Calcium dysregulation and neuronal apoptosis by the HIV-1 proteins Tat and gp120

Norman J. Haughey, Mark P. Mattson

Research output: Contribution to journalArticlepeer-review

Abstract

Patients with AIDS often develop cognitive and motor dysfunction that results from damage to synapses and death of neurons in brain regions such as the hippocampus and basal ganglia. This brain syndrome, called AIDS dementia or HIV encephalitis, is believed to result from the infection of one or more populations of mitotic brain cells with HIV-1, which then release viral proteins that are toxic to neurons. Two neurotoxic HIV-1 proteins have been identified, the viral coat protein gp120 and the transcription regulator Tat. Each of these proteins can induce apoptosis of cultured neurons and can render neurons vulnerable to excitotoxicity and oxidative stress. Gp120 and Tat also cause neuronal dysfunction and death in rodents in vivo. Both gp120 and Tat disrupt neuronal calcium homeostasis by perturbing calcium-regulating systems in the plasma membrane and endoplasmic reticulum. Accordingly, drugs that stabilize cellular calcium homeostasis can protect neurons against the toxic effects of gp120 and Tat. By altering voltage-dependent calcium channels, glutamate receptor channels, and membrane transporters, the HIV-1 proteins promote calcium overload, oxyradical production, and mitochondrial dysfunction. A better understanding of how gp120 and Tat disrupt neuronal calcium homeostasis may lead to the development of novel treatments for AIDS patients.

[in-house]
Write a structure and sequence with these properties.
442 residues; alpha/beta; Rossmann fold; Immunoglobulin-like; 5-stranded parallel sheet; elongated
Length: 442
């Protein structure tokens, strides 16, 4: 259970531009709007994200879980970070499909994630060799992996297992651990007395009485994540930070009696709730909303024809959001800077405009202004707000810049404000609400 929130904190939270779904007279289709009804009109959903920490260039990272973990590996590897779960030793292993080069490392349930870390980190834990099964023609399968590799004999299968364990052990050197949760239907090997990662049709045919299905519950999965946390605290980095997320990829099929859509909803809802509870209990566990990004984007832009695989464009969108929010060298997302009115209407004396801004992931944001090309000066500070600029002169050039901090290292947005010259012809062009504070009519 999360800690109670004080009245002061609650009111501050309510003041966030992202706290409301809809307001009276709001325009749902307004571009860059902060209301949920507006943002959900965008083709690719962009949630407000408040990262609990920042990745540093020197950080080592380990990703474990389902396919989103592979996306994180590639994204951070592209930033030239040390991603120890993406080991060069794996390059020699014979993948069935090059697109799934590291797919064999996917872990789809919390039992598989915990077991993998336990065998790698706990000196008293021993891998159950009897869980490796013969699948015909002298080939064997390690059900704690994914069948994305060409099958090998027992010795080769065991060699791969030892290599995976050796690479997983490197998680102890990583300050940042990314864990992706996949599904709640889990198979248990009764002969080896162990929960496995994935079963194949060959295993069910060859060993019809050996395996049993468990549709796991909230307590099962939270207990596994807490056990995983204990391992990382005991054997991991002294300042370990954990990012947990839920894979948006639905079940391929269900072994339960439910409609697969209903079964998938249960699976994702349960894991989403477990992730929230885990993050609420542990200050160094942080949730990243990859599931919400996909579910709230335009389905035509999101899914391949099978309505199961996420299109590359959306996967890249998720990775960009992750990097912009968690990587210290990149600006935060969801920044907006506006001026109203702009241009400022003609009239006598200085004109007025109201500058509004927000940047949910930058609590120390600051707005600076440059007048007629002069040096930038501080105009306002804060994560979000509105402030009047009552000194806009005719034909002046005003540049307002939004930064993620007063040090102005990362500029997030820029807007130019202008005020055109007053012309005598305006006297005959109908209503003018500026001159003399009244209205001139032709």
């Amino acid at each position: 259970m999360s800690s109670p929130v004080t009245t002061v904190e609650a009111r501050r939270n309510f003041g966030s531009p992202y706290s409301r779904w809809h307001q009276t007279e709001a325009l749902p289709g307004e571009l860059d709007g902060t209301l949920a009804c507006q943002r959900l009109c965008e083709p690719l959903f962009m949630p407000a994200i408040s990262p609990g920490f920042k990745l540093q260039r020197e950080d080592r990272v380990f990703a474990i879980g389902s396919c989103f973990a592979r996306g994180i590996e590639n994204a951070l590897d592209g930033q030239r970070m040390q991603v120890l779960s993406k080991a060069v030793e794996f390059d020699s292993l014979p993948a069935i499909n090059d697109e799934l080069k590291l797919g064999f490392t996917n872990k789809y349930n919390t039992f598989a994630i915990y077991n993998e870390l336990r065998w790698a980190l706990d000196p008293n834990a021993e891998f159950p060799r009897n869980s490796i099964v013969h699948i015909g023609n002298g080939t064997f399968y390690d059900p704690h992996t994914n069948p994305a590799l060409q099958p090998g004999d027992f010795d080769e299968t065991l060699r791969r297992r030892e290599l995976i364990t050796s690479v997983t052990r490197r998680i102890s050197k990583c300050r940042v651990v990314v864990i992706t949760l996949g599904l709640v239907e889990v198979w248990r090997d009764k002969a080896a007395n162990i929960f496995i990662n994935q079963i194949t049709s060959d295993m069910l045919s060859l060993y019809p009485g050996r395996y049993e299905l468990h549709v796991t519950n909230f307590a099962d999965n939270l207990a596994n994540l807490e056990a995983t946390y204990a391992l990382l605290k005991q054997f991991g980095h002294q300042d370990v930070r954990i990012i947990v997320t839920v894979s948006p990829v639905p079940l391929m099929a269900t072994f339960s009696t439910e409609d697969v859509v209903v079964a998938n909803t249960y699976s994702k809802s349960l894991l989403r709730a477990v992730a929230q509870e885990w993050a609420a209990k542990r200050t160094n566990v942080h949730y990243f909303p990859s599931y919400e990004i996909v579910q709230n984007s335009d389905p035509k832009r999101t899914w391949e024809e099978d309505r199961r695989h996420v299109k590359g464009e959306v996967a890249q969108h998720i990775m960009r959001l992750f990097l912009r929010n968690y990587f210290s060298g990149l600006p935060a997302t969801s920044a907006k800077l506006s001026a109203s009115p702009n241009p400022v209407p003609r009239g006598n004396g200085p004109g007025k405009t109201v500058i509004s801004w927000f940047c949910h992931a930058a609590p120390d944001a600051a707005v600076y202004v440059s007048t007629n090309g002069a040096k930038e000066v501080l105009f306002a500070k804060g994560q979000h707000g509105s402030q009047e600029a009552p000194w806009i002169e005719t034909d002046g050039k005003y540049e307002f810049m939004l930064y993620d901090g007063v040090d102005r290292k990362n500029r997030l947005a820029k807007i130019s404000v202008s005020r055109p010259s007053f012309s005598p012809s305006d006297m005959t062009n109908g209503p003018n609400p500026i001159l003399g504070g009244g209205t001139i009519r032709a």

Original languageEnglish (US)
Pages (from-to)S55-S61
JournalJournal of acquired immune deficiency syndromes
Volume31
Issue numberSUPPL. 2
DOIs
StatePublished - Oct 1 2002
Externally publishedYes

Keywords

  • AIDS
  • Alzheimer
  • Dementia
  • Glutamate
  • Hippocampus
  • NMDA
  • Oxidative stress

ASJC Scopus subject areas

  • Infectious Diseases
  • Pharmacology (medical)

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